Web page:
Commentators said that the figures are a clear indication that even before the arrival of Help to Buy the lending sector has been rising to the challenge of getting movement in the real estate market in the UK.
‘Mortgage finance is becoming increasingly accessible and there is now every reason to think about jumping on the property ladder. Mortgage rates are at a historic low, with two, three and five year fixes all below 4% for the first time since the recession hit,’ said Brian Murphy, head of lending at the Mortgage Advice Bureau.
He pointed out that the increase in lending comes at a time when there is a rapidly expanding selection of products with some 10,745 options available during September and this has created the perfect conditions to boost consumer confidence. The result is more mortgage applications this year to date than in the whole of 2012.
‘It’s clear that the market is continuing to grow, with average mortgage lending swelling by £1 billion in September compared to an average monthly increase of £0.8 billion in the past six months. With the outlook for the end of 2013 and beyond increasingly positive, consumers who have their deposit ready should act now to lock in to rock bottom rates before they inevitably rise,’ he added.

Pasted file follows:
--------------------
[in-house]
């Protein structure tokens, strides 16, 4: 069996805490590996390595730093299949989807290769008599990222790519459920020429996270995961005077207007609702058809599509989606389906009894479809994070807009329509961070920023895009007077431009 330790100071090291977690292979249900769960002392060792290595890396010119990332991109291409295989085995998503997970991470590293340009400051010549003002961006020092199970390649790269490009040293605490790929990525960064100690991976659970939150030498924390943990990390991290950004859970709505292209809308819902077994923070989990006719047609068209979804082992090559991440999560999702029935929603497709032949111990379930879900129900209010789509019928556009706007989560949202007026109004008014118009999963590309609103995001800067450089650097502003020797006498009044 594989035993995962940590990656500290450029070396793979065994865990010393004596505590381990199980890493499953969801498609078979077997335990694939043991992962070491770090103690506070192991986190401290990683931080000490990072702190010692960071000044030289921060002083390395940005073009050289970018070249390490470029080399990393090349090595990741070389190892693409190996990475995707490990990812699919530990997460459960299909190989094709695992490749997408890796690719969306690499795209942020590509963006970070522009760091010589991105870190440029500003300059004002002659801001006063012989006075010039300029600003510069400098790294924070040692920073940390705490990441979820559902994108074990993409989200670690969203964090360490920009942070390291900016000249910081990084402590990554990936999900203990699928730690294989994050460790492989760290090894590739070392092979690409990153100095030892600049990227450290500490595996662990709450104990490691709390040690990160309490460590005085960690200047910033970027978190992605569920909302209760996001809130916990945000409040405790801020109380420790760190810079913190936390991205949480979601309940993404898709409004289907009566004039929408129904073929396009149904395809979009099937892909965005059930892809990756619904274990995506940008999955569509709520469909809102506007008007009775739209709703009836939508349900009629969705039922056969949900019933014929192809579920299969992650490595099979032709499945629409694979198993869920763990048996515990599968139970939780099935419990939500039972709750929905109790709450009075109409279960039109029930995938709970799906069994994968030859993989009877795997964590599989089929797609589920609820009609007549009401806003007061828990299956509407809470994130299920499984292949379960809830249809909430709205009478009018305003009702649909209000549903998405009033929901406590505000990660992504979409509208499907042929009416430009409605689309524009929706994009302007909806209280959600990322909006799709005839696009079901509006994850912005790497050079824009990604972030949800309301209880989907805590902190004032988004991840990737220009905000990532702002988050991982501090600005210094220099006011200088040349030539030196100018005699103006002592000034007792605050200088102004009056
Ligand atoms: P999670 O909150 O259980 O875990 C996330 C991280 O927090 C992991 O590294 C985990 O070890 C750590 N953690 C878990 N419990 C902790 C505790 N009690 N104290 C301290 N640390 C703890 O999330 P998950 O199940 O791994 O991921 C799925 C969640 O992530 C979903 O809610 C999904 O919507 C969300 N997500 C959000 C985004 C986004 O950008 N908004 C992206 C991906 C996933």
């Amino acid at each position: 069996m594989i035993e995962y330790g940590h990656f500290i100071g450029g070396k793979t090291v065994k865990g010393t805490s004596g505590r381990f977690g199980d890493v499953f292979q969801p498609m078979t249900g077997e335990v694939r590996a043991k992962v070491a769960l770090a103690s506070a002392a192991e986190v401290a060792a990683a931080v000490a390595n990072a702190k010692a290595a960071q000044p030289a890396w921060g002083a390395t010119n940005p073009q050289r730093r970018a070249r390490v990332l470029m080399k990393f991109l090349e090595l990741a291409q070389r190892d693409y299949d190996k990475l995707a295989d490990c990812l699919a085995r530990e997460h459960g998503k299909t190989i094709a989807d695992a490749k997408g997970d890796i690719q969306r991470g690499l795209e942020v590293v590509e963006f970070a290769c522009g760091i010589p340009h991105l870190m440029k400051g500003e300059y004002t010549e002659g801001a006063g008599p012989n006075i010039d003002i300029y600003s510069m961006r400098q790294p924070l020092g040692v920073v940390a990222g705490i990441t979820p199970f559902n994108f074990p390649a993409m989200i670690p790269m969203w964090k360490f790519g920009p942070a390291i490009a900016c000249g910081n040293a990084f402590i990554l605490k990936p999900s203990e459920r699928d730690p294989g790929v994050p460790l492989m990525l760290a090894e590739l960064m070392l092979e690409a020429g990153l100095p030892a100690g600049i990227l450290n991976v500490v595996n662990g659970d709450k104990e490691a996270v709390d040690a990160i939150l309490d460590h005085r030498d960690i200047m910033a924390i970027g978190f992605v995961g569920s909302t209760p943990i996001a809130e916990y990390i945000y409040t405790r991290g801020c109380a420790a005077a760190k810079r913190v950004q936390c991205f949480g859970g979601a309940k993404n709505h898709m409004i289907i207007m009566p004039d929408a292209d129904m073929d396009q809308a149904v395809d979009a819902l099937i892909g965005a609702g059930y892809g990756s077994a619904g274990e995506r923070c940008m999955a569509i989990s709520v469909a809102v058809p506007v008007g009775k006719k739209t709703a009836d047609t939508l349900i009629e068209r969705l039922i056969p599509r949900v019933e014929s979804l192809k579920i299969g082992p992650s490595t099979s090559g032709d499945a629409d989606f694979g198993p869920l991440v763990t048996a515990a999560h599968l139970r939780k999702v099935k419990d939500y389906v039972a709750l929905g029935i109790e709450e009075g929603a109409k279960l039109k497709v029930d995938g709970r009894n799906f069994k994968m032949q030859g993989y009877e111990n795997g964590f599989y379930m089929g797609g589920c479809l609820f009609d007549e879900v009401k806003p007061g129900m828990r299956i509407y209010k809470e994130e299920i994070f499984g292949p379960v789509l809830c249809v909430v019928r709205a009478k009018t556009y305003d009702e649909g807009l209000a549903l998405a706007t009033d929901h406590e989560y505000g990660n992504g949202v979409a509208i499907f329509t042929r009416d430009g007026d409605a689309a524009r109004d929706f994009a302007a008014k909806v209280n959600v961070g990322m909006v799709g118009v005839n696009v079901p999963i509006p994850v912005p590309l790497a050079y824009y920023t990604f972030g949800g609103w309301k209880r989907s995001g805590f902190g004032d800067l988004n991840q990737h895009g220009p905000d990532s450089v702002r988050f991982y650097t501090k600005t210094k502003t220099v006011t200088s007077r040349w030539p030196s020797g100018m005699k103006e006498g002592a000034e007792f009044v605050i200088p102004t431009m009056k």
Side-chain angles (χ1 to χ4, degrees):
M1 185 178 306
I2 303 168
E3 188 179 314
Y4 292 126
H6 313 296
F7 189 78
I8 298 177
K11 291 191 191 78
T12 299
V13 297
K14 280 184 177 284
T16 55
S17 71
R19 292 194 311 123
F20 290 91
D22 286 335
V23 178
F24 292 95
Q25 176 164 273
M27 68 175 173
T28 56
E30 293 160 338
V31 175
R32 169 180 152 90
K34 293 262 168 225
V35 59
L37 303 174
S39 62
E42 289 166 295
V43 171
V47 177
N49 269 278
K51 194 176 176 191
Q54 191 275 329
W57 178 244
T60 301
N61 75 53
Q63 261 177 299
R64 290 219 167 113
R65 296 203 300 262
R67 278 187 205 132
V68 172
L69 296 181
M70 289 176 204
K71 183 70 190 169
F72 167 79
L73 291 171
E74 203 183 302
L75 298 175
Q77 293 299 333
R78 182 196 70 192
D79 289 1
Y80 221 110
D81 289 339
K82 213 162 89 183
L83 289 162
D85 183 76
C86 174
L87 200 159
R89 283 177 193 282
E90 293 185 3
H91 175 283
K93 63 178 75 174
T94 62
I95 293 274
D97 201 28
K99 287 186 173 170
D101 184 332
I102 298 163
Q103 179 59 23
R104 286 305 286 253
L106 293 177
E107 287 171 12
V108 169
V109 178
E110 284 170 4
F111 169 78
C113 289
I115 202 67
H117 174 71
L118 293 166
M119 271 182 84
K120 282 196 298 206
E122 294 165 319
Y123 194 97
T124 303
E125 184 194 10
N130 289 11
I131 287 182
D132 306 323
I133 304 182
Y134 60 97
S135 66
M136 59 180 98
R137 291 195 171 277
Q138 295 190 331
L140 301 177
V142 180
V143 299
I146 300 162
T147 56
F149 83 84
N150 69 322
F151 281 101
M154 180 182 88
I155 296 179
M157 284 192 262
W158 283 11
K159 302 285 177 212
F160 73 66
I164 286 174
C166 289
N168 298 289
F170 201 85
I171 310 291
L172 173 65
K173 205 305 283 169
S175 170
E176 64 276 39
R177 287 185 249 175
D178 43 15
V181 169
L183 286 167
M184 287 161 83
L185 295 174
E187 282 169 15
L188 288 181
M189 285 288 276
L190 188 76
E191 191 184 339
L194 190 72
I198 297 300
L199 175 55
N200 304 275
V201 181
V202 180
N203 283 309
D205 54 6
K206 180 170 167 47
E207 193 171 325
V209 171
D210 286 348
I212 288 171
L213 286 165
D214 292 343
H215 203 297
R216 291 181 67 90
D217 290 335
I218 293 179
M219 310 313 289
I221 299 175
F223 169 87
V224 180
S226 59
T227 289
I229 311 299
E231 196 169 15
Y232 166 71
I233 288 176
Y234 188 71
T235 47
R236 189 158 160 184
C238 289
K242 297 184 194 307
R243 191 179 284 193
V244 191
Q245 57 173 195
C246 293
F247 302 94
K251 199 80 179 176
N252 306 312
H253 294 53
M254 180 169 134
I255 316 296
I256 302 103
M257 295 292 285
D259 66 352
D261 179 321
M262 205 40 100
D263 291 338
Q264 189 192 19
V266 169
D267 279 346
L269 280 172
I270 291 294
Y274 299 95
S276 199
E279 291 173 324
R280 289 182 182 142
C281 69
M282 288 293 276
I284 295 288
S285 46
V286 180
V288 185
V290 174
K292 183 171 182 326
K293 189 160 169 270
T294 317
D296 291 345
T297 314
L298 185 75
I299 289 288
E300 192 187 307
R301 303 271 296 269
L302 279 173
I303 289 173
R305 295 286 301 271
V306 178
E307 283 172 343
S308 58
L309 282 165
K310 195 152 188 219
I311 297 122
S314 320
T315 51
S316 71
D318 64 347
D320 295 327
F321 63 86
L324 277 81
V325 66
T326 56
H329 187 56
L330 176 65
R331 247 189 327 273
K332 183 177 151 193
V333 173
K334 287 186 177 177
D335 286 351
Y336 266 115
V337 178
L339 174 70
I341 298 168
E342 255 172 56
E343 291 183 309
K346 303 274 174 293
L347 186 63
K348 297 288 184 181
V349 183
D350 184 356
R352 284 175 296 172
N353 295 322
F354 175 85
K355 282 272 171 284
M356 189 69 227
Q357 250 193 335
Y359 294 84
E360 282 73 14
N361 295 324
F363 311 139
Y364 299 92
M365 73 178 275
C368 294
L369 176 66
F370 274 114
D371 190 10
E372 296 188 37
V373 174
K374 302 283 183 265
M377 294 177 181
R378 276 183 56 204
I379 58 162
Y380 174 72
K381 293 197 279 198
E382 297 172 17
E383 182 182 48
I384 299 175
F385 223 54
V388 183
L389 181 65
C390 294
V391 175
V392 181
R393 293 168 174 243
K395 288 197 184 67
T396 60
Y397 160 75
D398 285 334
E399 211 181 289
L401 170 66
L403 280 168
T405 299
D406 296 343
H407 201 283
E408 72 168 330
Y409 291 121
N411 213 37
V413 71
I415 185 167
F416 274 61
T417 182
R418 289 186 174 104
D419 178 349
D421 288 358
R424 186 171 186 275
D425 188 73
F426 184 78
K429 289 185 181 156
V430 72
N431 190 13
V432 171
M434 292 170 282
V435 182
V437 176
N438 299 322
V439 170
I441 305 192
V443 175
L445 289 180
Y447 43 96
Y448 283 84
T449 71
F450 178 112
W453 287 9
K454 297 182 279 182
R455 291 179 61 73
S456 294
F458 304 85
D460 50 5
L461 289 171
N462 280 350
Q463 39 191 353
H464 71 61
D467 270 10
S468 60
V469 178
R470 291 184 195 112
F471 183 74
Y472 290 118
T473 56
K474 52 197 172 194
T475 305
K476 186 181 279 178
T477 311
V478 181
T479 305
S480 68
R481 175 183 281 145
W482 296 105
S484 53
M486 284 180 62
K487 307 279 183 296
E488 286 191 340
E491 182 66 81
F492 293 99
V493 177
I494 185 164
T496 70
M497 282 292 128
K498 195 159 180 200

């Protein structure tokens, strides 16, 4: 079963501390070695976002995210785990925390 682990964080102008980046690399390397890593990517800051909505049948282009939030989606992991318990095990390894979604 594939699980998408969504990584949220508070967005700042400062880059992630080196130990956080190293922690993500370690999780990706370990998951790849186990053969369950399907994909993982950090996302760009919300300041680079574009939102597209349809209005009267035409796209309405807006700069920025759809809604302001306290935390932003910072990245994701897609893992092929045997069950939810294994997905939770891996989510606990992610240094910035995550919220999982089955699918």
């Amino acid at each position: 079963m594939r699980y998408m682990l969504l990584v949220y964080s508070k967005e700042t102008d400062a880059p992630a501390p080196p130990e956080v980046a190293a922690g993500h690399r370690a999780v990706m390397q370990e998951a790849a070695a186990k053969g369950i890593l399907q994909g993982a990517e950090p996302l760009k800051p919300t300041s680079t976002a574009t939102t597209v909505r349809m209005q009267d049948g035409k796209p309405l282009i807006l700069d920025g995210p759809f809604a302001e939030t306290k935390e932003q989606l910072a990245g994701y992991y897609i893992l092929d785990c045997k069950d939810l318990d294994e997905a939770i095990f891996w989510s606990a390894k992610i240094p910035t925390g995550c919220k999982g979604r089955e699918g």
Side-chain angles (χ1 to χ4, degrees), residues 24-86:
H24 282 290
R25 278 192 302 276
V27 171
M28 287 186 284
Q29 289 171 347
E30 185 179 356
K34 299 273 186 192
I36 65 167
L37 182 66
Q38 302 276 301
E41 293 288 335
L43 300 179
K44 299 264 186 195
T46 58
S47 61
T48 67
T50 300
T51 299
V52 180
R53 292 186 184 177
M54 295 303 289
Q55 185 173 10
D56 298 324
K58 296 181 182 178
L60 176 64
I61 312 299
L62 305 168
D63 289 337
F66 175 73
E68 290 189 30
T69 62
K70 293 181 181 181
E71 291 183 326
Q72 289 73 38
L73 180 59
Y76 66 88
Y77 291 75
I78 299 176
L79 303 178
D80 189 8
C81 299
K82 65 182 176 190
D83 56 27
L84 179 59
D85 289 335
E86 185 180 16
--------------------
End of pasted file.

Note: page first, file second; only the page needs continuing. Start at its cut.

According to Peter Williams, executive director of the Intermediary Mortgage Lenders Association (IMLA), the latest figures from the Bank of England reflect a strengthening market. ‘It is interesting to note that remortgage loans have outpaced the growth in other sectors over the past month, with the number of approvals for remortgaging climbing from 35,178 to 33,023 in September. This shows that it is not just first time buyers who are taking advantage of the current competitive rates,’ he said.
‘This continuing upward trend bodes well for the future, but lenders and brokers alike believe there is plenty still to come. The thirst to lend has been quenched with the return of consumer confidence. The Funding for Lending Scheme (FLS) has played a significant part in this by improving the availability of mortgage credit and keeping mortgage rates consistently low,’ he explained.
He pointed out that Help to Buy should help to sustain this momentum, but it is important to recognise that there is unlikely to be a return to what might be deemed a ‘normal market’ for another two to three years due to the extent of the downturn. ‘The government and industry both need to keep this in mind and work together as we move towards the formation of a sustainable market,’ he added.
The data for lending by building societies and other mutual lenders shows that...